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Health Claims Regulation and Welfare

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  • Huang, Rui
  • Bonanno, Alessandro

Abstract

Regulation (EC) No 1924/2006, 20 December 2006, requires functional foods manufacturers operating in Europe to provide evidence that the health claims reported on the packaging are truthful. However, most applications reviewed by the European Food Safety Authority (EFSA) have been rejected, leaving food manufacturers with the option of either selling products deprived of their claims or discontinuing their production. This paper analyzes changes in welfare (both producers’ and consumers’) that would occur if the implementation of Reg. (EC) No 1924/2006 resulted in a large-scale health-claim de-labeling of functional food products. To that end, we use one year (2007) of monthly scanner data of sales of conventional and functional yogurt in the Italian market and a discrete-choice random coefficient logit demand model which accounts for consumers’ heterogeneity using the MPEC algorithm developed by Dube et al. (2009) to improve numerical efficiency and accuracy, to assess the issue. Preliminary results show that both producers and consumers can be severely impacted if reporting health-claims on functional products is not allowed; as our results indicate that consumers’ welfare losses are twice as large than producers’ a loosening of EFSA’s requirements might be required to avoid such losses.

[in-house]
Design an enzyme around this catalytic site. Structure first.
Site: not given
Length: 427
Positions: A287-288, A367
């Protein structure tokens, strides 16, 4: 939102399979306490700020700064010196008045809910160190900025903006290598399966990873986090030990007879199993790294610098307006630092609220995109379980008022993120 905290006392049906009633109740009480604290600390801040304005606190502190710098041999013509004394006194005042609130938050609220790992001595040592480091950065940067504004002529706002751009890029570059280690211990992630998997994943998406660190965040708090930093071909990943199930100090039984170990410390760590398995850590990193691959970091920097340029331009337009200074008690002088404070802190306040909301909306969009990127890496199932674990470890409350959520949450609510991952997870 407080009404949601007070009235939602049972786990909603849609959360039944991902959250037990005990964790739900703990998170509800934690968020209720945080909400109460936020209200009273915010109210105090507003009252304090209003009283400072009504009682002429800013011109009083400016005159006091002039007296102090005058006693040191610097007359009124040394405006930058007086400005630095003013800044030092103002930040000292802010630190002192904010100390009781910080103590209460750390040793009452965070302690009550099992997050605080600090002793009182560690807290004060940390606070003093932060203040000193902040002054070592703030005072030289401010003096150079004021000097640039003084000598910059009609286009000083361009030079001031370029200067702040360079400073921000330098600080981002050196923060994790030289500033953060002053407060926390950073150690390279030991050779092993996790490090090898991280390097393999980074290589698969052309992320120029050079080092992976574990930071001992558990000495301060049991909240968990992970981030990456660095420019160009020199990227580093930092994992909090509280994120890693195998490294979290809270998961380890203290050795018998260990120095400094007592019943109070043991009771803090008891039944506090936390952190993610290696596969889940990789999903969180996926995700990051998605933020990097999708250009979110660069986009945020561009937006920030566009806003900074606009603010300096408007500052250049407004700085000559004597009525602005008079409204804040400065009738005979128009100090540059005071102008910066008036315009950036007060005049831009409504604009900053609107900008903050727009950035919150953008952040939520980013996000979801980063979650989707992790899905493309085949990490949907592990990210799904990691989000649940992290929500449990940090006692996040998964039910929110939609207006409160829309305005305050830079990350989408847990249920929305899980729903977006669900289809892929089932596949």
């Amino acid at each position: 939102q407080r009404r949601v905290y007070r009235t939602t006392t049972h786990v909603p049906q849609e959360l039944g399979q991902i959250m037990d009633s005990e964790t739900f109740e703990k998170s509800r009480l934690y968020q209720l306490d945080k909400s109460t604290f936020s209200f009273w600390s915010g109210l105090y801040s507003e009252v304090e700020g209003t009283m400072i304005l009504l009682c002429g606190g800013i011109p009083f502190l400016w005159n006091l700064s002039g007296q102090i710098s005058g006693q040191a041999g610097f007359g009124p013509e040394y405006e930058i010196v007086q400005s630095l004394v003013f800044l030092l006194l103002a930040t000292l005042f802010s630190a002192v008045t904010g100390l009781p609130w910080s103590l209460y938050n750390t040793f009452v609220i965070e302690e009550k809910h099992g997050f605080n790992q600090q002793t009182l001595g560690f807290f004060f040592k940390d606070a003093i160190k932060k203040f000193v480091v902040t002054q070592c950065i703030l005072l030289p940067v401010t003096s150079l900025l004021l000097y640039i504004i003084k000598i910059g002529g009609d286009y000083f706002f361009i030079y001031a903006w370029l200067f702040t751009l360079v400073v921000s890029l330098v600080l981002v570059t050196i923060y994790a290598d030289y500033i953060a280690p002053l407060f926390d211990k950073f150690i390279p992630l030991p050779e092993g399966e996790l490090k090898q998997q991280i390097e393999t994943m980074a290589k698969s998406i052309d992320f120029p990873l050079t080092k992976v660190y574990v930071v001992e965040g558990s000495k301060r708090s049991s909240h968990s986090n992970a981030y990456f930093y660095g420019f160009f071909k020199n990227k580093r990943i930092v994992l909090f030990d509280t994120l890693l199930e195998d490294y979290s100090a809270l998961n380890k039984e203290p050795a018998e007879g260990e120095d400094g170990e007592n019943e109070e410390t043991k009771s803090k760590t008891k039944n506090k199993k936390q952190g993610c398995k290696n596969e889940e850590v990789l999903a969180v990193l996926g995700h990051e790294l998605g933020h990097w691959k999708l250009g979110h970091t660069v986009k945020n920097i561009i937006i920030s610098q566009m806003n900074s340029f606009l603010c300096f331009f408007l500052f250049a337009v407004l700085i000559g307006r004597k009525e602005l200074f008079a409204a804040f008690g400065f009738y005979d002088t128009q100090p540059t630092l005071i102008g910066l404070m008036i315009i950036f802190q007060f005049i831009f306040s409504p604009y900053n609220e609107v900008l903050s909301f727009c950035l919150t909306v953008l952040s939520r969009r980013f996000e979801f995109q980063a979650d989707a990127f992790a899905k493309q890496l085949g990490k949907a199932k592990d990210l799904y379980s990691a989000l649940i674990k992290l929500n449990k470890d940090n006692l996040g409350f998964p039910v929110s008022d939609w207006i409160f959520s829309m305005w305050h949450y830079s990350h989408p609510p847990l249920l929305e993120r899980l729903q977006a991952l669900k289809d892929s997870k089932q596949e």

Suggested Citation

  • Huang, Rui & Bonanno, Alessandro, 2011. "Health Claims Regulation and Welfare," 2011 Annual Meeting, July 24-26, 2011, Pittsburgh, Pennsylvania 103809, Agricultural and Applied Economics Association.
  • Handle: RePEc:ags:aaea11:103809
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    File URL: http://purl.umn.edu/103809
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    References listed on IDEAS

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    1. Marina Giacomo, 2008. "GMM estimation of a structural demand model for yogurt and the effects of the introduction of new brands," Empirical Economics, Springer, vol. 34(3), pages 537-565, June.
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    More about this item

    Keywords

    Health claims regulation; EFSA; welfare; random coefficients; MPEC.; Agricultural and Food Policy; Demand and Price Analysis; Industrial Organization; Marketing; Q18; L66; M38;

    JEL classification:

    • Q18 - Agricultural and Natural Resource Economics; Environmental and Ecological Economics - - Agriculture - - - Agricultural Policy; Food Policy
    • L66 - Industrial Organization - - Industry Studies: Manufacturing - - - Food; Beverages; Cosmetics; Tobacco
    • M38 - Business Administration and Business Economics; Marketing; Accounting; Personnel Economics - - Marketing and Advertising - - - Government Policy and Regulation

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